By Roberta Rampton and Jeff Mason
WASHINGTON (Reuters) - President Barack Obama on Friday strongly suggested that Russian President Vladimir Putin personally authorized the computer hacks of Democratic Party emails that American intelligence officials say were aimed at helping Republican Donald Trump win the Nov. 8 election.
But with only a month left in office, during a somber press conference before leaving for a family holiday in Hawaii, Obama spoke despairingly about the "nasty" state of U.S. politics, saying the chasm between Democrats and Republicans has made it possible for Russia to cause mischief.
Obama said he has "great confidence" in intelligence reports he has seen showing that Russians hacked into emails belonging to the Democratic National Committee and to John Podesta, who was campaign chairman for Democratic presidential candidate Hillary Clinton.
The leaked emails revealed details of paid speeches Clinton gave to Wall Street, party infighting and comments from top aides to Clinton who were shocked about the extent of her use of a private server to send emails while secretary of state.
The leaks led to embarrassing media coverage and prompted some party officials to resign. Obama, who campaigned vigorously for Clinton, said she was treated unfairly and found the media coverage of her troubling.
"This happened at the highest levels of the Russian government," Obama said when asked whether Putin was personally involved in the hacks. He added that "not much happens in Russia without Vladimir Putin."
Obama said he warned Putin in September to stop meddling in American political campaigns, telling his Russian counterpart to "cut it out" during a face-to-face encounter in China at a Group of 20 meeting. Obama said he did not believe that U.S. electronic voting systems were tampered with.
Obama, however, stopped short of directly blaming Putin and said he also wanted to give U.S. intelligence officials more time to produce a report that is due before he leaves office on Jan. 20 and Trump is sworn in as his successor.
RETALIATION FOR CYBER ATTACKS
Obama called Russia a smaller and weaker country than the United States that "does not produce anything that others want to buy, except oil and gas and arms."
The comments underscored what Obama called the "sadly deteriorated" relationship between Washington and Moscow, which are also at odds over Russia's role in Syria's civil war and its aggressive actions in Ukraine.
Russia has denied U.S. accusations that it was behind the hacks. Two senior government officials told Reuters that the Federal Bureau of Investigation backs the CIA's view that Russia indeed intervened to help Trump win the presidential election.
Trump has maintained that he won the election fairly and has bristled at suggestions that Moscow influenced the outcome. But at one point during the heated presidential campaign, he publicly encouraged Russia to hack Clinton's emails.
Trump spoke glowingly in the campaign about Putin, and since winning the election he has named top aides who have ties to Russia, including his nominee for secretary of state, Exxon Mobil Corp Chief Executive Rex Tillerson.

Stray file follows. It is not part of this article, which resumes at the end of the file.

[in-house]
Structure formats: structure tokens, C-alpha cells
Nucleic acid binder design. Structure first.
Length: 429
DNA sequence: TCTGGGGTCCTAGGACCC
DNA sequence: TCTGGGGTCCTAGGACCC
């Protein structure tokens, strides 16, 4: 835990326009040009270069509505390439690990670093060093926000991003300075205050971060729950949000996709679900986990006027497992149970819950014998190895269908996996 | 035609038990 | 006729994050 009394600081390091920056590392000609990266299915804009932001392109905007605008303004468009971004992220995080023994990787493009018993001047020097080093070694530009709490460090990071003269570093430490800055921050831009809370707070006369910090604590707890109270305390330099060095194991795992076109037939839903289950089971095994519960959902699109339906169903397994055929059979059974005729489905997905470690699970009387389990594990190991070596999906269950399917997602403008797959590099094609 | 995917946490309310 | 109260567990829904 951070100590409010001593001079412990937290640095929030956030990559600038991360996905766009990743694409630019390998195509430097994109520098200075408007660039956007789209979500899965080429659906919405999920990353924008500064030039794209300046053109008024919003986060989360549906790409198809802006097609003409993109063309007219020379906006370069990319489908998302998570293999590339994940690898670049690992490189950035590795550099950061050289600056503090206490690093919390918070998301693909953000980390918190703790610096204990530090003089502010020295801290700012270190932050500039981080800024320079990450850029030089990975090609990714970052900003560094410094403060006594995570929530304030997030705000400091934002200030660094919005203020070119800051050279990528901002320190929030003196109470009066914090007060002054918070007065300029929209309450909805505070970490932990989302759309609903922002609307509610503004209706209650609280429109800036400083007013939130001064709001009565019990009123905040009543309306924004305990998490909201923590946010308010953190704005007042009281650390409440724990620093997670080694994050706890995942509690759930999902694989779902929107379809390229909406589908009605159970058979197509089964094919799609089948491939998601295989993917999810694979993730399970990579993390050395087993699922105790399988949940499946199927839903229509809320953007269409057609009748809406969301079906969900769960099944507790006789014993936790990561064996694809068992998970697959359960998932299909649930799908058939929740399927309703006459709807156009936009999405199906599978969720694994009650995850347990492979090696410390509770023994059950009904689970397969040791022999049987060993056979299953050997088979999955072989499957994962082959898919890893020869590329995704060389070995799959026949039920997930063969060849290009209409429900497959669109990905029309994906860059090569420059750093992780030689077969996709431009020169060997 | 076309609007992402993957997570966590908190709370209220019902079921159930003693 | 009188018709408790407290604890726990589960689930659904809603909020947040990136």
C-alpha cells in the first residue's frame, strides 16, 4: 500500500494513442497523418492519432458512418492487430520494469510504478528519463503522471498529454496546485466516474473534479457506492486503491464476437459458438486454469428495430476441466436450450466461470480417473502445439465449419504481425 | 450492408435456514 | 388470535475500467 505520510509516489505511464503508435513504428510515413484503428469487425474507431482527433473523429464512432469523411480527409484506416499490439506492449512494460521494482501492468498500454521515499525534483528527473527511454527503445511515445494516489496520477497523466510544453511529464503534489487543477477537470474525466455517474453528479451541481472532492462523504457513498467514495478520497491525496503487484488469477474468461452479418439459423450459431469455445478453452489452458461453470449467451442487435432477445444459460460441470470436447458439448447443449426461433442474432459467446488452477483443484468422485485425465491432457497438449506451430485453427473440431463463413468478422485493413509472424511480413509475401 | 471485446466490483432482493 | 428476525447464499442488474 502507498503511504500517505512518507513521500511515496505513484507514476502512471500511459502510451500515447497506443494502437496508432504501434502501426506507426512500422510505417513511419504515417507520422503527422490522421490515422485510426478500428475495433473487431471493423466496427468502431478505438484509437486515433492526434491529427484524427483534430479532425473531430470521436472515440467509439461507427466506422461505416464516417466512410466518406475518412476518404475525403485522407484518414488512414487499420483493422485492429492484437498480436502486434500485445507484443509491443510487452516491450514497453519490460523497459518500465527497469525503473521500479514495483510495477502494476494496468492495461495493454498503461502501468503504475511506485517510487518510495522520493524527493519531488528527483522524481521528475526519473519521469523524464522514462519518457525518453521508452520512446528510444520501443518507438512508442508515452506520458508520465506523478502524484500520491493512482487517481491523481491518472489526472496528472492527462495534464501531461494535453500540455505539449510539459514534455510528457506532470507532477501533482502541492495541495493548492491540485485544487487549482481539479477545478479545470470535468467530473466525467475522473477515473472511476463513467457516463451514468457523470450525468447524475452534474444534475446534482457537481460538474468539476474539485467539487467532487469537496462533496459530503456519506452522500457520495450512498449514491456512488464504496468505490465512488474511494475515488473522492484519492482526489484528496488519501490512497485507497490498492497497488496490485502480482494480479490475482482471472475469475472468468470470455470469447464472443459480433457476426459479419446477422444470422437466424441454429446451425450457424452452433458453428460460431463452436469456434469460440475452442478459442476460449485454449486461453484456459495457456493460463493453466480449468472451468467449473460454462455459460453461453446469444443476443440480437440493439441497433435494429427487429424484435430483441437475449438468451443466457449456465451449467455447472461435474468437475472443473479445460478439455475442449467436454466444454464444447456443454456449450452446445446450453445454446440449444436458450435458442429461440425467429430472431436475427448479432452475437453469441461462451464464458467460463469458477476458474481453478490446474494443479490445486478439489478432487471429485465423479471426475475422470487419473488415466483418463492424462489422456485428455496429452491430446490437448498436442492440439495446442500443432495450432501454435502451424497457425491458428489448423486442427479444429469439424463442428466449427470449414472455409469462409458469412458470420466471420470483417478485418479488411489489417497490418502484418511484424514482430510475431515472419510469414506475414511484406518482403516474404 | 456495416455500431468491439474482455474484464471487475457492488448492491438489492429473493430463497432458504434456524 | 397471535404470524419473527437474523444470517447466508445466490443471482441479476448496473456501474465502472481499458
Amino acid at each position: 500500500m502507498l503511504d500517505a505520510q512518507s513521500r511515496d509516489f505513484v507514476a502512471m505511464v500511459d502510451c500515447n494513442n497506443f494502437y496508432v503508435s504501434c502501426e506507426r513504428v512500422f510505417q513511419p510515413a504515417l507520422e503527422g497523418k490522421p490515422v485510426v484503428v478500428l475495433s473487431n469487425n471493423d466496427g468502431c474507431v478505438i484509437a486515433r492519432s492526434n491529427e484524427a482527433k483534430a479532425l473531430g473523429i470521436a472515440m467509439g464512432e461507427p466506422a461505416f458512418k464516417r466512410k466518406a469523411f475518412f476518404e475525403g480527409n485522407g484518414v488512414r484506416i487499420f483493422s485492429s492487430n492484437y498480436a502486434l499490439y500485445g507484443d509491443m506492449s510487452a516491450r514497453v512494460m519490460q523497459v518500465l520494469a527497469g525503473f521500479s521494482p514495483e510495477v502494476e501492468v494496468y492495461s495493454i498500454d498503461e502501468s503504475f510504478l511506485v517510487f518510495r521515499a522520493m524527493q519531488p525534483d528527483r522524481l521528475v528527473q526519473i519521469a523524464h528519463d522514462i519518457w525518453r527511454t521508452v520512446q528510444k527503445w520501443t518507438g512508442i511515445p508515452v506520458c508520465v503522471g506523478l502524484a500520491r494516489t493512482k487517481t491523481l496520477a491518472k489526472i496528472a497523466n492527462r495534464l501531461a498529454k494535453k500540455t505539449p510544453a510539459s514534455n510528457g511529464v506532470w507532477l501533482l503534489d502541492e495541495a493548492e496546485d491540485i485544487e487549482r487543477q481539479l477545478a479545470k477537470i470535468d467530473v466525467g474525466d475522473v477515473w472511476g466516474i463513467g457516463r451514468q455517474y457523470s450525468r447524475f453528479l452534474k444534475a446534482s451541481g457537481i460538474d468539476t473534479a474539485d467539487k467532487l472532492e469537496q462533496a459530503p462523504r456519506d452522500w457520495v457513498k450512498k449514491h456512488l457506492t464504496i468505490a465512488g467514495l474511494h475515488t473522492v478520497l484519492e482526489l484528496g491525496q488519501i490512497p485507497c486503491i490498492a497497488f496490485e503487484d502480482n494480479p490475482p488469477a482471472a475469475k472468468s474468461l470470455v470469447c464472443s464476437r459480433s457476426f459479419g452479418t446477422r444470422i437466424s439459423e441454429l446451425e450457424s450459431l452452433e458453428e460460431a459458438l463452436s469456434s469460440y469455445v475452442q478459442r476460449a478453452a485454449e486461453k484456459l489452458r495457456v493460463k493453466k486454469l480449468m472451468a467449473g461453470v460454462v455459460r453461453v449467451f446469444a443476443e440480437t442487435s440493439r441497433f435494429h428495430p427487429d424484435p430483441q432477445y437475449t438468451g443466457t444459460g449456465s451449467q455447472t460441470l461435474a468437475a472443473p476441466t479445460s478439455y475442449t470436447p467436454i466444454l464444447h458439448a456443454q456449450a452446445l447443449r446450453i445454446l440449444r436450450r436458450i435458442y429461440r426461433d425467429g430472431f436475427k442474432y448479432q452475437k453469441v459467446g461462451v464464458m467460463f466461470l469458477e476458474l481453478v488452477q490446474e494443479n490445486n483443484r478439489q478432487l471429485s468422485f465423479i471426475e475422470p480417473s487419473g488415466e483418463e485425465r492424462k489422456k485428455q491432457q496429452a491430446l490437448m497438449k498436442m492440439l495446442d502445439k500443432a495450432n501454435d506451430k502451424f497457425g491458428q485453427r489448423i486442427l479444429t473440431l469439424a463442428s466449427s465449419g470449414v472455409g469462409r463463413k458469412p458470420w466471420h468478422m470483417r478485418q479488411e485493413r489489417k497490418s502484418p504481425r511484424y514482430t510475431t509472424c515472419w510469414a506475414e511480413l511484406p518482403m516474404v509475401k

Obama left open the door to U.S. retaliation against Russia to discourage further cyber attacks - countermeasures that may be up to Trump to implement.
Obama said he has had "cordial" discussions with Trump since the election and has stressed that he would do everything he can to ensure a smooth transition. But the outgoing president also criticized Trump's fellow Republicans broadly.
Referencing polls showing that more than one-third of Republicans approve of Putin, who used to lead the KGB spy agency, Obama said that conservative icon "Ronald Reagan would roll over in his grave."
"In some cases, you have voters and elected officials who have more confidence and faith in a foreign adversary than they have in their neighbors," Obama said.
CHINA AND SYRIA
Adding to the gloomy tone of Obama's remarks, he addressed two other difficult foreign policy issues that will outlast his time in the White House.
Obama warned about the economic and geopolitical consequences of any breakdown in the U.S.-China relationship, and said Trump should think carefully about the diplomatic repercussions if he decides to "upend" longstanding U.S. diplomatic norms.
Trump angered China earlier this month when he took a congratulatory phone call from Taiwan's president, Tsai Ing-wen - the first call of its kind since 1979 when President Jimmy Carter acknowledged Taiwan as part of "one China."
Obama also condemned attacks on Syrian civilians trying to flee the city of Aleppo, blaming President Bashar al-Assad and his allies in Russia and Iran for "atrocities."
Obama defended his decision to keep U.S. troops out of Syria and avoid military intervention, although he acknowledged the protracted anguish has weighed on him.
"Everything else was tempting because we wanted to do something and it sounded like the right thing to do, but it was going to be impossible to do this on the cheap," he said.
(Reporting by Roberta Rampton, Jeff Mason and Julia Harte; Writing by Richard Cowan and Roberta Rampton; Editing by Alistair Bell and Leslie Adler)